During the Holy Month of Ramadan, Muslims fast from dawn to sunset, abstaining from eating and drinking during this period. Other actions or activities that could invalidate their fast are also avoided, and this can include taking medications.
While exemptions are made during Ramadan for those individuals who are sick or too unwell to fast, those who are healthy and fasting refrain from taking medications such as painkillers, during daylight hours. Any medications that need to be ingested, like tablets, are considered to break the fast.
Common sources of pain
Pain is a common reason for using medication. Even for healthy individuals, pain often occurs without warning, for instance in the form of a headache. While headaches may be unavoidable, certain lifestyle factors can trigger their onset. Identifying these triggers can help to reduce the need or frequency of taking pain medication.
Headaches, particularly during Ramadan, are often caused by dehydration. This can be countered by consuming adequate amounts of fluids, ideally water, when not fasting. Poor diets can also trigger headaches, so opt for healthier food options rather than fried, carb-heavy or sugar-loaded dishes at iftar and suhoor.
Muscular pain can also occur unexpectedly, often as the result of overexertion. During Ramadan, exercise should be modified to be less strenuous to help minimize the chance of straining, tearing or pulling muscles.
Reducing stress or avoiding situations that cause stress may also help to limit the occurrence or intensity of pain.
Pain management without medication
There are alternatives for treating pain without the use of medication, these tend to tackle pain management from either a physical or a psychological perspective. Exercise, in the form of yoga, light walking or stretching/strengthening, can be helpful in dulling muscular pain. It also helps to strengthen the body and provide a distraction to the mind.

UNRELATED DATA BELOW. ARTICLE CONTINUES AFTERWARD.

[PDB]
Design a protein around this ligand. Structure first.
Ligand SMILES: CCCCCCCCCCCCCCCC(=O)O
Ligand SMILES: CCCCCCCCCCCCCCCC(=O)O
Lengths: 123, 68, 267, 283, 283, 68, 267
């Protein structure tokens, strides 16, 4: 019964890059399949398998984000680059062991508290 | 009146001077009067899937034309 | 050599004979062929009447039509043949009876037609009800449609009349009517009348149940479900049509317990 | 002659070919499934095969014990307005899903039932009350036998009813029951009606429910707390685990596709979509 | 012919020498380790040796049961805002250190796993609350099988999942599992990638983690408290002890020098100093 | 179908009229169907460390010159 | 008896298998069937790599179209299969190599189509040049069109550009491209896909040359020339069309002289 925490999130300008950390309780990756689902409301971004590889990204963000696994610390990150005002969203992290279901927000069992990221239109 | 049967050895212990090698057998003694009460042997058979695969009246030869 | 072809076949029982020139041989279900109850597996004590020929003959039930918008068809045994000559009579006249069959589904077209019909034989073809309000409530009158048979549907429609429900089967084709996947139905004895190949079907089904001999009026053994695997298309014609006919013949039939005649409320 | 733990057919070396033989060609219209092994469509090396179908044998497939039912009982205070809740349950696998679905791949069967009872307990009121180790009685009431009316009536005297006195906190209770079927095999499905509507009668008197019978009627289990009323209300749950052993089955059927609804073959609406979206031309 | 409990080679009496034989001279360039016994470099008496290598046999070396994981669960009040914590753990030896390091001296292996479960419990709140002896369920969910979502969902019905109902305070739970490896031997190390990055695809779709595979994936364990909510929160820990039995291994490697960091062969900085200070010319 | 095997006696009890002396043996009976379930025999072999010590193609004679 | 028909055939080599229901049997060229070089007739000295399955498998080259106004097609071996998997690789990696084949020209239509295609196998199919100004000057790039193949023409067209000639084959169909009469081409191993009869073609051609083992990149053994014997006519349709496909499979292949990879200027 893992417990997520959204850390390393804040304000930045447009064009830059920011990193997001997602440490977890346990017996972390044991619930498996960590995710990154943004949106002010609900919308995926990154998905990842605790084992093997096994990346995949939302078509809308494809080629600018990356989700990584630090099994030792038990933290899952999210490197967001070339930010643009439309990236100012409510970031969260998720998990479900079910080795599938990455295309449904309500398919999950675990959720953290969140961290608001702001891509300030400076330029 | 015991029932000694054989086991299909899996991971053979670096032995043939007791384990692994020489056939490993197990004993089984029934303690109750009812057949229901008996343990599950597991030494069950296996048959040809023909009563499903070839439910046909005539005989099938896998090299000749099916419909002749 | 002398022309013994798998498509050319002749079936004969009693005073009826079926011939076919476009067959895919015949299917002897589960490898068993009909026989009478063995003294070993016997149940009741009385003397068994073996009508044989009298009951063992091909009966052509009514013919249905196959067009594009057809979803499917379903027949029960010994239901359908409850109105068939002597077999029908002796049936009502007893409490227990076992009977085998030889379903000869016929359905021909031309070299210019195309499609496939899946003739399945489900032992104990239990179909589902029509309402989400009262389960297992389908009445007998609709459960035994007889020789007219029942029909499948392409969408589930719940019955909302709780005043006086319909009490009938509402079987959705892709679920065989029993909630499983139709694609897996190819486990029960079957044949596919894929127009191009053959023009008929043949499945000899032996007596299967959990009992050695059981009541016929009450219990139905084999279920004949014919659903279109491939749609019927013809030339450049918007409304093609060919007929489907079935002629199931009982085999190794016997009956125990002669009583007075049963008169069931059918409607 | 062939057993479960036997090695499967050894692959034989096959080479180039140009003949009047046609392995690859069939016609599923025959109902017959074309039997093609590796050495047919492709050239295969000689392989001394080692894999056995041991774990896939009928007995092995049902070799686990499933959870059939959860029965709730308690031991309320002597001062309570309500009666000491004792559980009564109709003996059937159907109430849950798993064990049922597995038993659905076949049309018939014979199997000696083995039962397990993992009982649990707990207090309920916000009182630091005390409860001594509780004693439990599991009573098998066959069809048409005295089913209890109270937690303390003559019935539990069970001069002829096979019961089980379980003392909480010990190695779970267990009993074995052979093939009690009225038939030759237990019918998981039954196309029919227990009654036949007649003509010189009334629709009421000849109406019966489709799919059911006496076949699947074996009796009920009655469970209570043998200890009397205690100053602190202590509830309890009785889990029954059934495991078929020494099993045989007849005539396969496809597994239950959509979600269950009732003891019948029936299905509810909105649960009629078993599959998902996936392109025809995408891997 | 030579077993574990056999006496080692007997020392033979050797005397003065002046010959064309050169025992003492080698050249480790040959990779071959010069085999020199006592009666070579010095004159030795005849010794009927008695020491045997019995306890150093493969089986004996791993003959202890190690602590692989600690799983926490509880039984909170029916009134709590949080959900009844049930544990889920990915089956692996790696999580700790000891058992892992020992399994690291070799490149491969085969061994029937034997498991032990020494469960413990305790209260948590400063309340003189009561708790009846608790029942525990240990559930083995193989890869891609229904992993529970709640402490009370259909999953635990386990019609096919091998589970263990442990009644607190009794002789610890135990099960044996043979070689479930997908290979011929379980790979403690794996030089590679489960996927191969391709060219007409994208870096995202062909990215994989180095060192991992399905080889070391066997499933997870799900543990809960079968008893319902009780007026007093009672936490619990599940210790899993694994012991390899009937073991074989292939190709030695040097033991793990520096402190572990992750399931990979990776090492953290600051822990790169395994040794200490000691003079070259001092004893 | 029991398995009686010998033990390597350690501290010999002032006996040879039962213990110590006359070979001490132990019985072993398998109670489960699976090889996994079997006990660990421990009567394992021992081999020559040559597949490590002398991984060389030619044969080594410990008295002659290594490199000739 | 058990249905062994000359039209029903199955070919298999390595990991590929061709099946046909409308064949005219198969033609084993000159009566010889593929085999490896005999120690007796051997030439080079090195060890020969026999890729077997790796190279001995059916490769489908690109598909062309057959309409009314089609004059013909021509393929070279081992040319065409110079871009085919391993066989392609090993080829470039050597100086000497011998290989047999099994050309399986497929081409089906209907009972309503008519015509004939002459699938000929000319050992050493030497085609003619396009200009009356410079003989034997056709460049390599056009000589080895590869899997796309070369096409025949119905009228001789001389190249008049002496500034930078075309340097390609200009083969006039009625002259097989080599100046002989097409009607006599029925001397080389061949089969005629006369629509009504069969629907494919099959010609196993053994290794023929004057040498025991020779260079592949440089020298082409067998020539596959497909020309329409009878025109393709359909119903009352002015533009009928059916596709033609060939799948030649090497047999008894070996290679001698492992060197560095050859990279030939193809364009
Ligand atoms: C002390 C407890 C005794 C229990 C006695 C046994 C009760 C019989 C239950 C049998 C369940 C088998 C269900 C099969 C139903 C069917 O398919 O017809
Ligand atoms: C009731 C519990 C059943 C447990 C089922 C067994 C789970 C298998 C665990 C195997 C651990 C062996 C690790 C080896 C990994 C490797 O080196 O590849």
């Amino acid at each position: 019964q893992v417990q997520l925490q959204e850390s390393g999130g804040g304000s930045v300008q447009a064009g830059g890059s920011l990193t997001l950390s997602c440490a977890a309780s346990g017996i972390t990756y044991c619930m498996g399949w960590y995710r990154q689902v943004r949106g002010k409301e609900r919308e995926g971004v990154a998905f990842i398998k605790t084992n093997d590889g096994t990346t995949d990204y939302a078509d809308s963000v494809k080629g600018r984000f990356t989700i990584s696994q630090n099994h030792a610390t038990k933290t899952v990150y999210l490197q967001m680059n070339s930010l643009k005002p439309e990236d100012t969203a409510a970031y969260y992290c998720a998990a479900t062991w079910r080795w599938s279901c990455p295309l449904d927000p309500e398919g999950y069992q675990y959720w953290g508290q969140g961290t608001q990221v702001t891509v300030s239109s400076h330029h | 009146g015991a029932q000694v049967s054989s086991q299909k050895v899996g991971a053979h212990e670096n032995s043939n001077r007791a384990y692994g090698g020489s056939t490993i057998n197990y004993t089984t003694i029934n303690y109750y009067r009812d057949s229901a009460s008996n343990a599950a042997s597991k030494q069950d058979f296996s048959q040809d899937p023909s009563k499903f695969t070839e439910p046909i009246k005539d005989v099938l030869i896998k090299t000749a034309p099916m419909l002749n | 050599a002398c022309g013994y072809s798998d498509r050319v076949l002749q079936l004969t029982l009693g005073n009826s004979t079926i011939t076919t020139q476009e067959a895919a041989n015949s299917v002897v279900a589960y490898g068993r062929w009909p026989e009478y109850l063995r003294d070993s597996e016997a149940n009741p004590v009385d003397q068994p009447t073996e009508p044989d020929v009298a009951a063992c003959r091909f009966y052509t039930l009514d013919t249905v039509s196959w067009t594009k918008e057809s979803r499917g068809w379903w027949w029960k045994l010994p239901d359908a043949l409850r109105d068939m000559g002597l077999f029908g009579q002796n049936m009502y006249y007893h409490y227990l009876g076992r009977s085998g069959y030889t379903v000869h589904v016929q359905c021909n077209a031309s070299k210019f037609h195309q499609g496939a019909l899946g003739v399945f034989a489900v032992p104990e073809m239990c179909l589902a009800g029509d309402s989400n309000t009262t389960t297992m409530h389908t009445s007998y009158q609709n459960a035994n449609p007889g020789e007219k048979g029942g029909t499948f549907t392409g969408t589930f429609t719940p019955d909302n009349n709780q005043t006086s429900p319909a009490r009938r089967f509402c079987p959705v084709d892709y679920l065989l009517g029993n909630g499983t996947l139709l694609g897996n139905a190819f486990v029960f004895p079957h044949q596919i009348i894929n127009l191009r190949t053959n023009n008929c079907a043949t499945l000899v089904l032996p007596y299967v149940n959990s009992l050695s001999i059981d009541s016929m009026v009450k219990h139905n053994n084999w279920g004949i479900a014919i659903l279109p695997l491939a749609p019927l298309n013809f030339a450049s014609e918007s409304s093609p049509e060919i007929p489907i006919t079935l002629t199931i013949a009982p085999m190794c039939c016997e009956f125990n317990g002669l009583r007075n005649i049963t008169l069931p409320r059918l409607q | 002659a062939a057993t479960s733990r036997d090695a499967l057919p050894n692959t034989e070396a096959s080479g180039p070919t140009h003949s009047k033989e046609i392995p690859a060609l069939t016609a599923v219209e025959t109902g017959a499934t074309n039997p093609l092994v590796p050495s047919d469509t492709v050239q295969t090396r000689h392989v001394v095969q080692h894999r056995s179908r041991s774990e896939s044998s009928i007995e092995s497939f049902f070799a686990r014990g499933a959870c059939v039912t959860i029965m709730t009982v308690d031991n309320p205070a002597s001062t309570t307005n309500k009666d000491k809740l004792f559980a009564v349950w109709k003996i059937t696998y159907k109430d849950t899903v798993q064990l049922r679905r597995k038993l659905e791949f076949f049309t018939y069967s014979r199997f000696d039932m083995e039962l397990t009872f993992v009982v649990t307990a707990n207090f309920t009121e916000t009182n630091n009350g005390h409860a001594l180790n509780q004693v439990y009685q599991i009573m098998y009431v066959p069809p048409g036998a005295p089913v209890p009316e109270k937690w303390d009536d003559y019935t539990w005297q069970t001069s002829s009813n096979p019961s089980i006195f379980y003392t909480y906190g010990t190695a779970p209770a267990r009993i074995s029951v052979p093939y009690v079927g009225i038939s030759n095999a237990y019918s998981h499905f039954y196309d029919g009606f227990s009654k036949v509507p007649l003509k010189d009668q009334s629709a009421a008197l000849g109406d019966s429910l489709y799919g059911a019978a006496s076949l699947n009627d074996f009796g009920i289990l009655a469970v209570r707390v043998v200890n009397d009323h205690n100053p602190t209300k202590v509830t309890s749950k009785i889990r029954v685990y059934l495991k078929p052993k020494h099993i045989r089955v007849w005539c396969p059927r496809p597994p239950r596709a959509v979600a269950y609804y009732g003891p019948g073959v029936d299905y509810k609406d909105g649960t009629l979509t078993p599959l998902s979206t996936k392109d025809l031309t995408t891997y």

Cognitive behavioral therapy, meditation and to an extent yoga are designed to provide techniques for coping with chronic pain. This can be particularly beneficial for those who suffer from sudden intense bouts of pain, or those who experience varying levels of pain throughout the day. Through therapy, pain triggers are identified and techniques are developed to manage these triggers and to modify responses to pain.
Managing medication for chronic pain
For those dealing with chronic pain, the need to take pain medication during Ramadan may be unavoidable. While those who are sick are exempt from fasting, if you are considered healthy enough to fast, arrange to see your doctor to discuss any possible changes that can be made to your current medication schedule. It may be that the dosage, frequency, timing or administration of medication can be adjusted for the month of Ramadan.
The key to tackling chronic pain during Ramadan is to plan ahead. Consult your doctor at the earliest opportunity to explore treatment options and to avoid any sudden adjustments or disruptions to your pain management program. A meeting with your religious counselor may also help to identify other ways for you to complete your fast.